When neurons degenerate…
Be it tasting your favorite wine, admiring a Van Gogh painting, listening to music, or smelling the perfume of your beloved, it is all mediated by the nervous system. The nervous system controls the functioning of all organs of our body. The motor system is essential for voluntary movements, and the sense of touch is conveyed by the sensory nervous system. As a consequence, nervous system dysfunction, as is the case in neurological disorders, can jeopardize one or several body functions.
In particular, neurodegenerative disorders can have devastating effects on the quality of life, and are often fatal. These disorders typically strike adult or adolescent people, are progressive in nature, and are incurable. Despite the high incidence of neurodegeneration and its increasing medical significance, our present understanding of the molecular pathogenesis of these diseases is still quite incomplete.
In our lab, we seek to unravel the molecular pathogenesis of the motor neurodegenerative disorder ALS, and of Charcot-Marie-Tooth disease, a peripheral motor and sensory neuropathy. To this purpose, we combine the power of Drosophila and mouse genetics with novel disruptive technologies, including the latest sequencing and imaging technologies, as well as in vivo cell-type-specific labeling of nascent proteomes by non-canonical amino acid tagging (NCAT).
Amyotrophic Lateral Sclerosis
Amyotrophic lateral sclerosis (ALS) is an adult-onset neurodegenerative disorder, characterized by the selective loss of both upper and lower motor neurons. This results in progressive muscle atrophy, weakness and fasciculation, as well as spasticity. In the United States, ALS is commonly known as Lou Gehrig’s disease, named after the famous baseball player in the 1920s and 1930s, who succumbed to the disease at age 38. ALS inevitably results in death, usually due to respiratory insufficiency, within 3 to 5 years after diagnosis. Apart from Lou Gehrig, other famous ALS victims include the Russian composer Dmitri Shostakovich, the Chinese military and political leader Mao Zedong, and the jazz composer and bassist Charles Mingus. Probably the most famous victim of this devastating disease is Stephen Hawking, English theoretical physicist and cosmologist. Unlike most ALS patients, Hawking suffers from a markedly mild form of the disease – he has been living with ALS for more than 40 years. Nevertheless, he cannot walk, talk, swallow, breathe easily, and he has difficulty in holding up his head. Still, one has to admire his attitude: “I have been lucky, that my condition has progressed more slowly than is often the case. But it shows that one need not lose hope.”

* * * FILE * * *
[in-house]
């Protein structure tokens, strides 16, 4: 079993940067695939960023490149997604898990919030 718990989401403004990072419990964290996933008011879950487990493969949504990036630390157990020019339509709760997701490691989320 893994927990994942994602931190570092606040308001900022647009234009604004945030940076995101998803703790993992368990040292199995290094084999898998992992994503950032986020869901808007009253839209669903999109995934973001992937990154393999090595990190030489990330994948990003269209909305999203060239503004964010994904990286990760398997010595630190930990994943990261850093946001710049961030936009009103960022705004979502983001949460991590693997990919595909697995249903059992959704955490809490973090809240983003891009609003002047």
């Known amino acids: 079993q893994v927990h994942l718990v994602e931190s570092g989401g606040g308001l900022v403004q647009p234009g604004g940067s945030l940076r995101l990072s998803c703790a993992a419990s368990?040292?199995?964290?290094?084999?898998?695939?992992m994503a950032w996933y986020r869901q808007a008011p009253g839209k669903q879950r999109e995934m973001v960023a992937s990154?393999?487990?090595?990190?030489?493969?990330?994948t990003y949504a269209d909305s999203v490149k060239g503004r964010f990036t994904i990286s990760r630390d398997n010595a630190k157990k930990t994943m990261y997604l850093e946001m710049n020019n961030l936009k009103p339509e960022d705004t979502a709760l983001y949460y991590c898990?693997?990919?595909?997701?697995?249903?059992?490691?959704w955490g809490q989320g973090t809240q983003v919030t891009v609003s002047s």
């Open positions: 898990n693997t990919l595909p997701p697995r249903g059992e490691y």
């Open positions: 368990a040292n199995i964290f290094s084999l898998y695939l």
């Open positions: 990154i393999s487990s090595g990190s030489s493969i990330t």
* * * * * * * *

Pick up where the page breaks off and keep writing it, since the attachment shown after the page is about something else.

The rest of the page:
Charcot-Marie-Tooth disease (CMT) – also known as hereditary motor and sensory neuropathy (HMSN) – is the most common inherited neuromuscular disorder, characterized by length-dependent degeneration of peripheral motor and sensory nerves. This results in distal muscle wasting and weakness, sensory loss, reduced tendon reflexes and foot deformities. CMT is named after the French neurologists Jean-Martin Charcot and Pierre Marie, and the British neurologist Howard Henry Tooth, who were the first to describe the disease in 1886. Traditionally, CMT is divided into 2 major clinical entities: demyelinating forms (CMT1), in which nerve conduction velocities (NCVs) are severely reduced, and axonal forms (CMT2), in which NCVs are normal or slightly reduced. More recently, a third class has been added, dominant intermediate CMT (DI-CMT), which is characterized by intermediate NCVs and histological evidence of both axonal degeneration and demyelinating features.
Keywords: neurodegeneration, motor neuron, sensory neuron, ALS, CMT, tRNA synthetase, mRNA translation, RNA biogenesis, FUS.